The United Nations has reported “[a]t least seven million people, a quarter of the population, are living under ‘emergency’ levels of food insecurity.”[8]  The food situation is a result of the countries dependence on import.  Yemen imports about 90 percent of its essential food.[9]  The country also relies on imports for 70 percent of its fuel and 100 percent of its medical supplies.[10]  By targeting critical infrastructure and blockading supplies, the Saudis have left Yemenis with nowhere to turn for necessary food, water, shelter, fuel and health care.[11]  None have been spared from the suffering, as “some three million children under the age of five, and pregnant or nursing women, require services to treat or prevent acute malnutrition.”[12]  The severity of the situation is undeniable, yet the international community has done virtually nothing to improve it.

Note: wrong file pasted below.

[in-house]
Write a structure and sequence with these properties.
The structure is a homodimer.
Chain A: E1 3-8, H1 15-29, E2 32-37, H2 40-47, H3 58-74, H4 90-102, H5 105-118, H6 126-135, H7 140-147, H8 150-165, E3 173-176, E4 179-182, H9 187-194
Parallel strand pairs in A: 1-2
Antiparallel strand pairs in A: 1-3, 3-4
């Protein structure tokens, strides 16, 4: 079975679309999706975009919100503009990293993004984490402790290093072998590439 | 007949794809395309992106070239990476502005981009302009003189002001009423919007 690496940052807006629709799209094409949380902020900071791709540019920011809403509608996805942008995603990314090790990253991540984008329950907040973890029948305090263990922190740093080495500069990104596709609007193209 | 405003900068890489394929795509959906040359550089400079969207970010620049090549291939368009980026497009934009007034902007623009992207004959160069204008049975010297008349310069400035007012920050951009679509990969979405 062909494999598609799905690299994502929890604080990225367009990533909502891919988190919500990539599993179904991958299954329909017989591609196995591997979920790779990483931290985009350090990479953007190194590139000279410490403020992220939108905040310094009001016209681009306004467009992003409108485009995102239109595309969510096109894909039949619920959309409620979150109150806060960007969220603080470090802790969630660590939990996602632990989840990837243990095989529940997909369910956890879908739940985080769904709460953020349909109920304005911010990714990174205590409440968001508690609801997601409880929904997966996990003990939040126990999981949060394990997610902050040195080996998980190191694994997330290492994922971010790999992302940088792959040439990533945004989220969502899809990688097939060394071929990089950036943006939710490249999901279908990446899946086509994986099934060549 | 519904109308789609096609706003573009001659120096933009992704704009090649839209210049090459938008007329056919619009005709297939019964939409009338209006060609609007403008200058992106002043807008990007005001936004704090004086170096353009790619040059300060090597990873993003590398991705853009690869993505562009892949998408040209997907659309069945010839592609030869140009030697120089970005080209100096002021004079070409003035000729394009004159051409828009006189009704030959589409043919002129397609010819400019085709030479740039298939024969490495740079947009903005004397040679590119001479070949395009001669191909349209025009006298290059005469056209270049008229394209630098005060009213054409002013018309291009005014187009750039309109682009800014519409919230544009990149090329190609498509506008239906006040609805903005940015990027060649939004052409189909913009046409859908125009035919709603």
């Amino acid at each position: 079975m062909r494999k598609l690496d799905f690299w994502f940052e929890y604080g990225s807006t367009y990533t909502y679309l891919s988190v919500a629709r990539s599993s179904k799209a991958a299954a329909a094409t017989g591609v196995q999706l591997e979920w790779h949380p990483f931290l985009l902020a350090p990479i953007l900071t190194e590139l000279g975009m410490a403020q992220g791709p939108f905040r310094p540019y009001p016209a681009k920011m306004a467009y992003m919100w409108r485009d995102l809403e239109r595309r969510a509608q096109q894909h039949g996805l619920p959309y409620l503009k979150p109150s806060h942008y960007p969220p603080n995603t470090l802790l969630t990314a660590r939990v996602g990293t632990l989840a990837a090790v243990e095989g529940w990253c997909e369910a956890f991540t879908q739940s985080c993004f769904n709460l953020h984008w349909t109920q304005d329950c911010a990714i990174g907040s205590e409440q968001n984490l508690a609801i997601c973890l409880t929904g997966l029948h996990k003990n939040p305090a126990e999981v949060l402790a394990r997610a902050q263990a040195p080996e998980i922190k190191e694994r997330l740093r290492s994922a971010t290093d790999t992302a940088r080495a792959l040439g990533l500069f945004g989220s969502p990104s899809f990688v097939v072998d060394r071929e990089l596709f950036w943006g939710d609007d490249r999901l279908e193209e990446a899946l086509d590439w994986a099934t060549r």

The UN formally recognized the Right to Food in 1948 through the Universal Declaration of Human Rights (UDHR).[13]  In 1999, the UN’s Committee on Economic, Social and Cultural Rights (CESCR) explained “the right to adequate food is realized when every man, woman and child, alone or in community with others, has the physical and economic access at all times to adequate food or means for its procurement.”[14]  By this definition, the Yemeni people are clearly being deprived of a fundamental human right.  The Saudi coalition has created an environment where “[f]uel shortages and import restrictions have reduced availability of essential food commodities . . . Shortages of seeds and fertilizers have crippled crop production across Yemen, where around 50 percent of the labour force earns their living from the agriculture sector and related activities.”[15]  Though the UN is obviously aware of the dire situation, the organization has proven inept at rectifying it.